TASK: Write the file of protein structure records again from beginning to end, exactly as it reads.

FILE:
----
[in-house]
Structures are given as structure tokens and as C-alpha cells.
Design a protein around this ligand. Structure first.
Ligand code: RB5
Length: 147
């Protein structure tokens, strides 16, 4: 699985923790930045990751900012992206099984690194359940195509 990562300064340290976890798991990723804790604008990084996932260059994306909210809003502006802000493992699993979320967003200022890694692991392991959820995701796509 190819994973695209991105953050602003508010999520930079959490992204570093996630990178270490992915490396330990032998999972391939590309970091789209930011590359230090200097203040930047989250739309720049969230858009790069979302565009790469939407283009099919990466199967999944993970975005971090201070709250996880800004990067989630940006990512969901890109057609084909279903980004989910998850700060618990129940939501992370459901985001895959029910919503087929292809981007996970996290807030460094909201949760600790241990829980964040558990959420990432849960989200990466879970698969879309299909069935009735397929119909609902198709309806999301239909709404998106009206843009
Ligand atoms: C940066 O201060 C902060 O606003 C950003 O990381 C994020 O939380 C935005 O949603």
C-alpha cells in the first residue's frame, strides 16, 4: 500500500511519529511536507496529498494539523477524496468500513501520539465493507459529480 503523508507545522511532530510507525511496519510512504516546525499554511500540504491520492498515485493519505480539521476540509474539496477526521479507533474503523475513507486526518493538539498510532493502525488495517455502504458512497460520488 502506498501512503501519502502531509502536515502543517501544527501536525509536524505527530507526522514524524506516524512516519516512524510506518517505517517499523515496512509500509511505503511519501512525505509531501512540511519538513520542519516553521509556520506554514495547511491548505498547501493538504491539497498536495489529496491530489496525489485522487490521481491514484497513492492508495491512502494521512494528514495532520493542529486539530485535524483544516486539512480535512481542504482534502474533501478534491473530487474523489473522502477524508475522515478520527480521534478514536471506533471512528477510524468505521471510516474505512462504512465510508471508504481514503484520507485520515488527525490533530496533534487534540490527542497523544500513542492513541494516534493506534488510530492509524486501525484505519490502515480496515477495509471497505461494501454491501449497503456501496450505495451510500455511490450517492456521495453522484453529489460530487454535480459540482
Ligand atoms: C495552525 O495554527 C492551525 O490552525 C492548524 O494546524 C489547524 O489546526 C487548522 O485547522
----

[in-house]
Structures are given as structure tokens and as C-alpha cells.
Design a protein around this ligand. Structure first.
Ligand code: RB5
Length: 147
């Protein structure tokens, strides 16, 4: 699985923790930045990751900012992206099984690194359940195509 990562300064340290976890798991990723804790604008990084996932260059994306909210809003502006802000493992699993979320967003200022890694692991392991959820995701796509 190819994973695209991105953050602003508010999520930079959490992204570093996630990178270490992915490396330990032998999972391939590309970091789209930011590359230090200097203040930047989250739309720049969230858009790069979302565009790469939407283009099919990466199967999944993970975005971090201070709250996880800004990067989630940006990512969901890109057609084909279903980004989910998850700060618990129940939501992370459901985001895959029910919503087929292809981007996970996290807030460094909201949760600790241990829980964040558990959420990432849960989200990466879970698969879309299909069935009735397929119909609902198709309806999301239909709404998106009206843009
Ligand atoms: C940066 O201060 C902060 O606003 C950003 O990381 C994020 O939380 C935005 O949603």
C-alpha cells in the first residue's frame, strides 16, 4: 500500500511519529511536507496529498494539523477524496468500513501520539465493507459529480 503523508507545522511532530510507525511496519510512504516546525499554511500540504491520492498515485493519505480539521476540509474539496477526521479507533474503523475513507486526518493538539498510532493502525488495517455502504458512497460520488 502506498501512503501519502502531509502536515502543517501544527501536525509536524505527530507526522514524524506516524512516519516512524510506518517505517517499523515496512509500509511505503511519501512525505509531501512540511519538513520542519516553521509556520506554514495547511491548505498547501493538504491539497498536495489529496491530489496525489485522487490521481491514484497513492492508495491512502494521512494528514495532520493542529486539530485535524483544516486539512480535512481542504482534502474533501478534491473530487474523489473522502477524508475522515478520527480521534478514536471506533471512528477510524468505521471510516474505512462504512465510508471508504481514503484520507485520515488527525490533530496533534487534540490527542497523544500513542492513541494516534493506534488510530492509524486501525484505519490502515480496515477495509471497505461494501454491501449497503456501496450505495451510500455511490450517492456521495453522484453529489460530487454535480459540482
Ligand atoms: C495552525 O495554527 C492551525 O490552525 C492548524 O494546524 C489547524 O489546526 C487548522 O485547522